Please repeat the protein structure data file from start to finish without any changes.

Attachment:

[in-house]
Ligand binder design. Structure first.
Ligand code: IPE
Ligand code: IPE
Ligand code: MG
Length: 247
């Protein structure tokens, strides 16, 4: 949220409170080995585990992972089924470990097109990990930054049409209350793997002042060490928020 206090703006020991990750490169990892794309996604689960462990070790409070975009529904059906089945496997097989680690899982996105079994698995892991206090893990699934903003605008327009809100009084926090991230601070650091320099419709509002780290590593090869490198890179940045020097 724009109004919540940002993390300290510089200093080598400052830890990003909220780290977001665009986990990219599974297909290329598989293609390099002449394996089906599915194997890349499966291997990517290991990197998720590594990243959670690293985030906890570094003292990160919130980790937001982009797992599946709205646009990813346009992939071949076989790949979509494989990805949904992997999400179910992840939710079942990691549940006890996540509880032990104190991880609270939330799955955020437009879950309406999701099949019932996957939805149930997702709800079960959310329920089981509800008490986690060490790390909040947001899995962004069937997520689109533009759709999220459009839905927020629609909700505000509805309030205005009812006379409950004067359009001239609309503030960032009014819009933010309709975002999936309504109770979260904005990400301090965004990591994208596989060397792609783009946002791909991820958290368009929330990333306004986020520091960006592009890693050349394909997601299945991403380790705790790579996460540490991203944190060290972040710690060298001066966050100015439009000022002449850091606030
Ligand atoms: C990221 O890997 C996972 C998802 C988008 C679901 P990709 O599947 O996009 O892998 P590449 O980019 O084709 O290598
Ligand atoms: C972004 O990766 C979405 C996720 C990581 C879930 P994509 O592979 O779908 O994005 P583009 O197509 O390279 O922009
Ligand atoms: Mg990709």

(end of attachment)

[in-house]
Ligand binder design. Structure first.
Ligand code: IPE
Ligand code: IPE
Ligand code: MG
Length: 247
């Protein structure tokens, strides 16, 4: 949220409170080995585990992972089924470990097109990990930054049409209350793997002042060490928020 206090703006020991990750490169990892794309996604689960462990070790409070975009529904059906089945496997097989680690899982996105079994698995892991206090893990699934903003605008327009809100009084926090991230601070650091320099419709509002780290590593090869490198890179940045020097 724009109004919540940002993390300290510089200093080598400052830890990003909220780290977001665009986990990219599974297909290329598989293609390099002449394996089906599915194997890349499966291997990517290991990197998720590594990243959670690293985030906890570094003292990160919130980790937001982009797992599946709205646009990813346009992939071949076989790949979509494989990805949904992997999400179910992840939710079942990691549940006890996540509880032990104190991880609270939330799955955020437009879950309406999701099949019932996957939805149930997702709800079960959310329920089981509800008490986690060490790390909040947001899995962004069937997520689109533009759709999220459009839905927020629609909700505000509805309030205005009812006379409950004067359009001239609309503030960032009014819009933010309709975002999936309504109770979260904005990400301090965004990591994208596989060397792609783009946002791909991820958290368009929330990333306004986020520091960006592009890693050349394909997601299945991403380790705790790579996460540490991203944190060290972040710690060298001066966050100015439009000022002449850091606030
Ligand atoms: C990221 O890997 C996972 C998802 C988008 C679901 P990709 O599947 O996009 O892998 P590449 O980019 O084709 O290598
Ligand atoms: C972004 O990766 C979405 C996720 C990581 C879930 P994509 O592979 O779908 O994005 P583009 O197509 O390279 O922009
Ligand atoms: Mg990709």